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From visual to the culinary arts, what triggered the change in you?
When I was in New York, I started cooking and hosting parties every night. One day my boss at Henry Bendel called me to his office, fired me, gave me two years’ severance, and said “go follow your dreams.” One thing led to another and I went from being a visual merchandiser to cooking full time and teaching classes.
What was your first breakthrough in the world of cooking?
My first major breakthrough may have been as a seven-year-old rolling a chapati and seeing it puff on the stove. I also got the chance to feed big names like Bill T. Jones and Noam Chomsky their last meal of the 1990s and first meal of the 2000s.
Any kitchen mishaps that remain fresh in your memory even today?
Once while catering a meal for a French chef there was a minor fire incident, and I suffered third-degree burns. However, it led to the accidental discovery of a deeply caramelised and delicious pear chutney.
What was the star dish at Devi, the restaurant that earned you the Michelin star?
Crispy okra salad, hands down! When I was younger, I used to make karari bhindi with chawal ka atta. It was a game changer back in Delhi, and managed to surprise guests even in Manhattan.
What is the most unusual meal that you’ve had?
In Japan, I had an 11-course meal with my partner. For the last course, we were served fugu sperm sac, quite similar to a delicately poached egg with everything inside. It was runny, soft, gooey, textured and creamy.
Whose cooking has inspired you the most and why?
I've learnt the extremes of indulgence and practicality, both at the same time. Pandit-ji, our family chef, taught me the basics of Indian cooking. And my mom mindfully inspired my culinary style. It’s light and flavourful, all at once.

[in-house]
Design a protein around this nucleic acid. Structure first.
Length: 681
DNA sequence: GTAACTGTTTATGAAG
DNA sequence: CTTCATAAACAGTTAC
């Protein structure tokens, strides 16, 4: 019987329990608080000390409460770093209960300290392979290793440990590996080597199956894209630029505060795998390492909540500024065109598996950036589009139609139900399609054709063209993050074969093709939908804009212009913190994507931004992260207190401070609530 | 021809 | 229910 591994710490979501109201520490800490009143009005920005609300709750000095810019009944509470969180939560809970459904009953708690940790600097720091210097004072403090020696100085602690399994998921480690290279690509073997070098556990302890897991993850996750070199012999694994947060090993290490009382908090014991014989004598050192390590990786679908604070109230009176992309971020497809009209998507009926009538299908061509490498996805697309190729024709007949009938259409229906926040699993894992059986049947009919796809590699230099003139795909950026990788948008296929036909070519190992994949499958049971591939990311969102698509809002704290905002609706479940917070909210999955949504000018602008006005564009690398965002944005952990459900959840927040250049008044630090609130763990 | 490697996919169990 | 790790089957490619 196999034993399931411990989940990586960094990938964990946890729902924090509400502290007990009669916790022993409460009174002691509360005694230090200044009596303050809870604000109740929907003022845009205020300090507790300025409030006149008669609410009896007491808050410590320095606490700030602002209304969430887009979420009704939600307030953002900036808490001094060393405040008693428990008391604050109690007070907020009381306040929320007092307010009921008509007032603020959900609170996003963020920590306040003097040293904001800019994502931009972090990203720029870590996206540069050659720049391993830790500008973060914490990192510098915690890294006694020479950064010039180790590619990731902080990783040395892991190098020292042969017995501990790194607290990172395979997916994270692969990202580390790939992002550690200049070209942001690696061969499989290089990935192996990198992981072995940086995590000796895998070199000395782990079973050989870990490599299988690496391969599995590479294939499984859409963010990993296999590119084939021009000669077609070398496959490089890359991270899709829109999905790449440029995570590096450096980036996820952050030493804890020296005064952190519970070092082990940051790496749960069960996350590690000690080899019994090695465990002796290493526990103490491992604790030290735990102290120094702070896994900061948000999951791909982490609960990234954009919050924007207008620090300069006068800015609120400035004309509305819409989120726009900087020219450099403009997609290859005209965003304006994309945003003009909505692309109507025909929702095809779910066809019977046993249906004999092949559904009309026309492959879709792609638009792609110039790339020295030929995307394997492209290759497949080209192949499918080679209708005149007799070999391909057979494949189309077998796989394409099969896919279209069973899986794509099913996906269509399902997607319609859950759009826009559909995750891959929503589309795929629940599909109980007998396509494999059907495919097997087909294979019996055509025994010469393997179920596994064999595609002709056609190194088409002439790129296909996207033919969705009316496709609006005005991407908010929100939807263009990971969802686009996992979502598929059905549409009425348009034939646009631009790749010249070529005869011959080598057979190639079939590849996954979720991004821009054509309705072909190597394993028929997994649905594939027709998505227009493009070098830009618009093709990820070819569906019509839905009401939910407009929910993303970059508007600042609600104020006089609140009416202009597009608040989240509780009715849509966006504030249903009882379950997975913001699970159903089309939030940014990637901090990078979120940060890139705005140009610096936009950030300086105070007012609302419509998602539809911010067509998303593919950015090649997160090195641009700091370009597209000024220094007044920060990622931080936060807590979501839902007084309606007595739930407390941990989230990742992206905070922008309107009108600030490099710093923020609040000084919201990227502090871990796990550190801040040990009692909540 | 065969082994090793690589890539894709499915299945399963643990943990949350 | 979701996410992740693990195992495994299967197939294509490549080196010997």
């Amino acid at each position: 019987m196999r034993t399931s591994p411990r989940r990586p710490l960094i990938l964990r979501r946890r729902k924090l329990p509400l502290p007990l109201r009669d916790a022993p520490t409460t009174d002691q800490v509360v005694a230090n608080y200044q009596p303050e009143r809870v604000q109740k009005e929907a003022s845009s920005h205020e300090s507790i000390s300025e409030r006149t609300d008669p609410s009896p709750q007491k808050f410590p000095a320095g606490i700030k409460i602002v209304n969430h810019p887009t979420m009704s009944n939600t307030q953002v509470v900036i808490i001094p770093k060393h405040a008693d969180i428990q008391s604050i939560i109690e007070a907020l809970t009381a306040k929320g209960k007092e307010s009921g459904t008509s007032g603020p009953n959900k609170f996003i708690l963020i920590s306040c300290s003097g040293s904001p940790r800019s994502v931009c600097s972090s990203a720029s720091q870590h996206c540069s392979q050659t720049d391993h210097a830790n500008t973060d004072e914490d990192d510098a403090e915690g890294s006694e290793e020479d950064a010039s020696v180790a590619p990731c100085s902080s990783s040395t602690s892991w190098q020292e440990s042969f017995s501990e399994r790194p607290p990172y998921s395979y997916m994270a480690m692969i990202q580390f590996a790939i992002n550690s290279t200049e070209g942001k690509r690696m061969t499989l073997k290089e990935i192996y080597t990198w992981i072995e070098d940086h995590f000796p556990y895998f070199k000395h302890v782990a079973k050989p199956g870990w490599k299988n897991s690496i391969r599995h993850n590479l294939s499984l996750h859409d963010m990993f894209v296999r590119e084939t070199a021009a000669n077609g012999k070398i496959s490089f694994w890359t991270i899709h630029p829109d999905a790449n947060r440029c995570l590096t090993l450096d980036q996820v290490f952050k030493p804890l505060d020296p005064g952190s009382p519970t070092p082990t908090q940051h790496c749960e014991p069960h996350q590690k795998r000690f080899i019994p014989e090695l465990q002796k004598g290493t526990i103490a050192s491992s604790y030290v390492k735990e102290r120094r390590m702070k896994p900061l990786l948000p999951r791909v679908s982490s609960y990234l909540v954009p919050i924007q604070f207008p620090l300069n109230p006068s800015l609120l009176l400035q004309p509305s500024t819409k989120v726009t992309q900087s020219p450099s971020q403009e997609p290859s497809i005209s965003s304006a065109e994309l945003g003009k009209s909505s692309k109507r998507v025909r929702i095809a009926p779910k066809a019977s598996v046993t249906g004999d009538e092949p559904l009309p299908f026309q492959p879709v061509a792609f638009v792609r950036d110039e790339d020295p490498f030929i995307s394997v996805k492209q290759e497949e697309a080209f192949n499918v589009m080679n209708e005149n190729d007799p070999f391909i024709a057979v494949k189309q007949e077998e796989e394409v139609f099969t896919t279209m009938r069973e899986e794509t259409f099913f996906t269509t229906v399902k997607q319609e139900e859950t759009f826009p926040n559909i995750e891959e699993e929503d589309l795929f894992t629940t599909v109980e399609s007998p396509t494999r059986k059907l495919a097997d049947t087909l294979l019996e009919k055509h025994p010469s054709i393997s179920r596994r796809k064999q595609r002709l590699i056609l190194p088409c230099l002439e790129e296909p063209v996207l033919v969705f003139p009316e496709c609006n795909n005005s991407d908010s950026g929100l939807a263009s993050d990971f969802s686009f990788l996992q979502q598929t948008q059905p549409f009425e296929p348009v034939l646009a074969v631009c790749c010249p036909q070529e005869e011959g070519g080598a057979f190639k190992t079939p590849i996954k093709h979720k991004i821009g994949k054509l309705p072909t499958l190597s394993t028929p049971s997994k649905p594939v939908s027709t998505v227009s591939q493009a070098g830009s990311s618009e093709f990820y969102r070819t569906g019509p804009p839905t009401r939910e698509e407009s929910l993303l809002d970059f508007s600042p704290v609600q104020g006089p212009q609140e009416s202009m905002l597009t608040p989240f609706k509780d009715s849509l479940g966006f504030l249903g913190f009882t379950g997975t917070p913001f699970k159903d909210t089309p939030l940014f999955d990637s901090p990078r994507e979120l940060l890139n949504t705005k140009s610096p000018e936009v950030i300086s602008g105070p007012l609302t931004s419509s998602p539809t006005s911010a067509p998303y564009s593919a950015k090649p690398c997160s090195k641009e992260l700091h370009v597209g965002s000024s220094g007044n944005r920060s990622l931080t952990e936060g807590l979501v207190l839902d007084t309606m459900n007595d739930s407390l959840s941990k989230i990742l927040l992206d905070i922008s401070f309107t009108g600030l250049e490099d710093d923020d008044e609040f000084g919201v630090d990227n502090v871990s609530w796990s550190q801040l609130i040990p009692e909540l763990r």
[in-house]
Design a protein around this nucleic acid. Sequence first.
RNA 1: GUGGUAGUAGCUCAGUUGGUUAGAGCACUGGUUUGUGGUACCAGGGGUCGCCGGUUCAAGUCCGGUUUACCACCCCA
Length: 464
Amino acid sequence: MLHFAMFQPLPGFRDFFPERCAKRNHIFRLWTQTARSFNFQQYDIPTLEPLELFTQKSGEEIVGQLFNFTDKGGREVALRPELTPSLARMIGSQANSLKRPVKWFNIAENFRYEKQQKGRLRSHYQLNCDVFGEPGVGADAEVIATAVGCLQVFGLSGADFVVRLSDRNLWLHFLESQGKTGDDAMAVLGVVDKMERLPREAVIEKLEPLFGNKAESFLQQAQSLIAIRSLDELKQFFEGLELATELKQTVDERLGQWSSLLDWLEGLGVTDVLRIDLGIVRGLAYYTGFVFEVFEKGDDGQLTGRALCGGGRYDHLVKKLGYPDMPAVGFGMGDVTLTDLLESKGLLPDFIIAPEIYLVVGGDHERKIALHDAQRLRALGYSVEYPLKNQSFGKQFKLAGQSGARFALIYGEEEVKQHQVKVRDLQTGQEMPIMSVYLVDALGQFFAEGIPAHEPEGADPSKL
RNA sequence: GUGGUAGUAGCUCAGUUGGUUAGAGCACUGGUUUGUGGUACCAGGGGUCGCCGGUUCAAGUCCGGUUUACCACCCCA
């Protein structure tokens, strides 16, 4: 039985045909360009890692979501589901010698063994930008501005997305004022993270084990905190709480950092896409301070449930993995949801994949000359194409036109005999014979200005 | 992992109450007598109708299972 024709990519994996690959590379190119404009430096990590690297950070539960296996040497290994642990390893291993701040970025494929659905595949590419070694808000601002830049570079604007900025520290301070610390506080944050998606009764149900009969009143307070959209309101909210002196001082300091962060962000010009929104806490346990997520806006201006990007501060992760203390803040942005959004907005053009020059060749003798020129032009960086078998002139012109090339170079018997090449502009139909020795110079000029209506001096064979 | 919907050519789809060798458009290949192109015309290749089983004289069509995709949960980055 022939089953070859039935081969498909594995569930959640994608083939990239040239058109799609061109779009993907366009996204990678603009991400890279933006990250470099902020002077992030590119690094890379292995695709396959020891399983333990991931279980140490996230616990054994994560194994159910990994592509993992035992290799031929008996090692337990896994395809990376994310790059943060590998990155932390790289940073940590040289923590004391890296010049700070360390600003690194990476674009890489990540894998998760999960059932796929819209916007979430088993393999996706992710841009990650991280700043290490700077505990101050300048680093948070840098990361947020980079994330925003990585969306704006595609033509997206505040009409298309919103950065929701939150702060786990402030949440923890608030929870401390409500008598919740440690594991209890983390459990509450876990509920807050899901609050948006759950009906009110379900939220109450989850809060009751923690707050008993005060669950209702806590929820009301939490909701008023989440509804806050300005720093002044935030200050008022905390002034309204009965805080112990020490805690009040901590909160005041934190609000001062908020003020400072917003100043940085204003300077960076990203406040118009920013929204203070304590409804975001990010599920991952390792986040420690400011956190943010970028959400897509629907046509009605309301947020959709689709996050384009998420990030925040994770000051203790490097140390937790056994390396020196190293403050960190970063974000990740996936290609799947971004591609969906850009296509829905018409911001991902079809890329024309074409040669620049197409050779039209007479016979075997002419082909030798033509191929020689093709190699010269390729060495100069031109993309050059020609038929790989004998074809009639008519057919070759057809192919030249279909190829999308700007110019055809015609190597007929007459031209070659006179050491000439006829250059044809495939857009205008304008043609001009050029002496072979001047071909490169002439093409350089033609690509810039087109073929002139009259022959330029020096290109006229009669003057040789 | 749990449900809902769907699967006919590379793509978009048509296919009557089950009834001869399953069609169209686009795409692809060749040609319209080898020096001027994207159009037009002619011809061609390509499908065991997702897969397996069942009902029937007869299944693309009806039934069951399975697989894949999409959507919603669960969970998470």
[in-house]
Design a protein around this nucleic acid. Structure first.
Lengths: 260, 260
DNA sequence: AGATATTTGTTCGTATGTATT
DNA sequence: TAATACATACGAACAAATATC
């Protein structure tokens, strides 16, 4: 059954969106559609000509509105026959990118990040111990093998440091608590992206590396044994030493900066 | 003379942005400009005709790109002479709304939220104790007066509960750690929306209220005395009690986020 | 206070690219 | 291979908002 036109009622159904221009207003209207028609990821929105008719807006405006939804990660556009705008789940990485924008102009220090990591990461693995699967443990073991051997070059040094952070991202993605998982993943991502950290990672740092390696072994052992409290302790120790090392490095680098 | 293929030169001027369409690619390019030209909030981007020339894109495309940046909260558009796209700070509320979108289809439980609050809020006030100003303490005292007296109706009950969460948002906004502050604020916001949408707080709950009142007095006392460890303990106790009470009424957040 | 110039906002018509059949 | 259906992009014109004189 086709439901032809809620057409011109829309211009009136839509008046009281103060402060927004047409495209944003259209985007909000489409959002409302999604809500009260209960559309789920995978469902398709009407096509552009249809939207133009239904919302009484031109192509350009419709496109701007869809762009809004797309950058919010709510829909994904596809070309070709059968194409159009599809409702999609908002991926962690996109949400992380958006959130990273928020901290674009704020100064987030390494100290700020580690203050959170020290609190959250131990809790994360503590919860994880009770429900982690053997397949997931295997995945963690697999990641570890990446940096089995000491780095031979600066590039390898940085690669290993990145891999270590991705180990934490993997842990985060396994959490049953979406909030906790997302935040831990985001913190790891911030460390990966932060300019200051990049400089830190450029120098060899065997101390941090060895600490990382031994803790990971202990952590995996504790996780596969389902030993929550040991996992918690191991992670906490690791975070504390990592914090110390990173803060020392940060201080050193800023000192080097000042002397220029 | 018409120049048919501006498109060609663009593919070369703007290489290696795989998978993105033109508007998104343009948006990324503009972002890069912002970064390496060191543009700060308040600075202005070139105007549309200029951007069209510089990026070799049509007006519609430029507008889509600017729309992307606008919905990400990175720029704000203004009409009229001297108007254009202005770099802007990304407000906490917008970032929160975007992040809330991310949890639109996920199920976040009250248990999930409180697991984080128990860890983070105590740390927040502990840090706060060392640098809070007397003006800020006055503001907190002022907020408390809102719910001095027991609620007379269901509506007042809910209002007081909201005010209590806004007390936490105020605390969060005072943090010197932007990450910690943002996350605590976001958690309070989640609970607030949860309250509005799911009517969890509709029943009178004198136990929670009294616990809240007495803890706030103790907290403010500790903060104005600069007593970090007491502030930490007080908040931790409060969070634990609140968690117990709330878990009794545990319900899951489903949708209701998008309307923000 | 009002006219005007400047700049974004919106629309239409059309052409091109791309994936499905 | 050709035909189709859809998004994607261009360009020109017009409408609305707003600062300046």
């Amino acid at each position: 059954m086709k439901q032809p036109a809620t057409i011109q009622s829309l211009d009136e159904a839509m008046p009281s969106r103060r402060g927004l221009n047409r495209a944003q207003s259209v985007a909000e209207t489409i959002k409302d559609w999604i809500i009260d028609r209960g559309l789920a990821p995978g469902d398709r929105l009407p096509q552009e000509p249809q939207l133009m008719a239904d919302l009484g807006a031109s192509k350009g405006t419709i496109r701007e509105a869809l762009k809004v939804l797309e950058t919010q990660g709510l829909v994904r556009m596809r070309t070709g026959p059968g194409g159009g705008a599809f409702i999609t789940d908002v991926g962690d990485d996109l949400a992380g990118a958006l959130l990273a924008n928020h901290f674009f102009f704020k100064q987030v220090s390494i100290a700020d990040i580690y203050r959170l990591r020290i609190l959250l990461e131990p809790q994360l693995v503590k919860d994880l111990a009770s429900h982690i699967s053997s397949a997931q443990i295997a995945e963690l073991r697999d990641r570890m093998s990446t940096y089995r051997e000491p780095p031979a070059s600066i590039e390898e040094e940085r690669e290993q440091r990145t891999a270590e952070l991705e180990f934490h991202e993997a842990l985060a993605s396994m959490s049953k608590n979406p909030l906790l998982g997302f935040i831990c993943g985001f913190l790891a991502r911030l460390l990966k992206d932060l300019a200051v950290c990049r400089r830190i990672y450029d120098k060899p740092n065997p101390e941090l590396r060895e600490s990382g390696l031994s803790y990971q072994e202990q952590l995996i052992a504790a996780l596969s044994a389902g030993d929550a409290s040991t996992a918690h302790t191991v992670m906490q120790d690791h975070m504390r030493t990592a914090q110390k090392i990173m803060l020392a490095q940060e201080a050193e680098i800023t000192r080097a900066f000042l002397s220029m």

A meal that you’d like to relive?
I’d love to share a meal with Gael Greene of New York Magazine. With her, I’ve eaten the best meals that money can buy in the world. And Vir Sanghvi, of course, who has lived a very rich life with his encyclopaedic, brilliant mind.
If not a chef, what other career path would you have chosen?
Either a doctor or an artist. For the last 18 years I’ve been teaching two courses at the Culinary Institute of America and I’ve been extremely fortunate to be one of the few chefs teaching renowned food giants to think about food in a new way.
Chef Recommends: What not to miss when dining at The House of Celeste
Kerala Mutton Ghee Roast
Topped with caramelised onion-tomato jam, poached egg and served with Malabar parottas.
Pro Tip: Use desiccated coconut to enhance the caramelised flavour. Add it after spices are cooked and onions are brown.
Roast Onion-Garlic Sourdough
Doughy on the sides, stuffed with buffalo mozzarella and Kerala onion jam on either side. Served with garlic aioli.
Pro Tip: Brown the onions al dente by adding a smidgeon of sugar. It lends colour, flavour and retains the texture.
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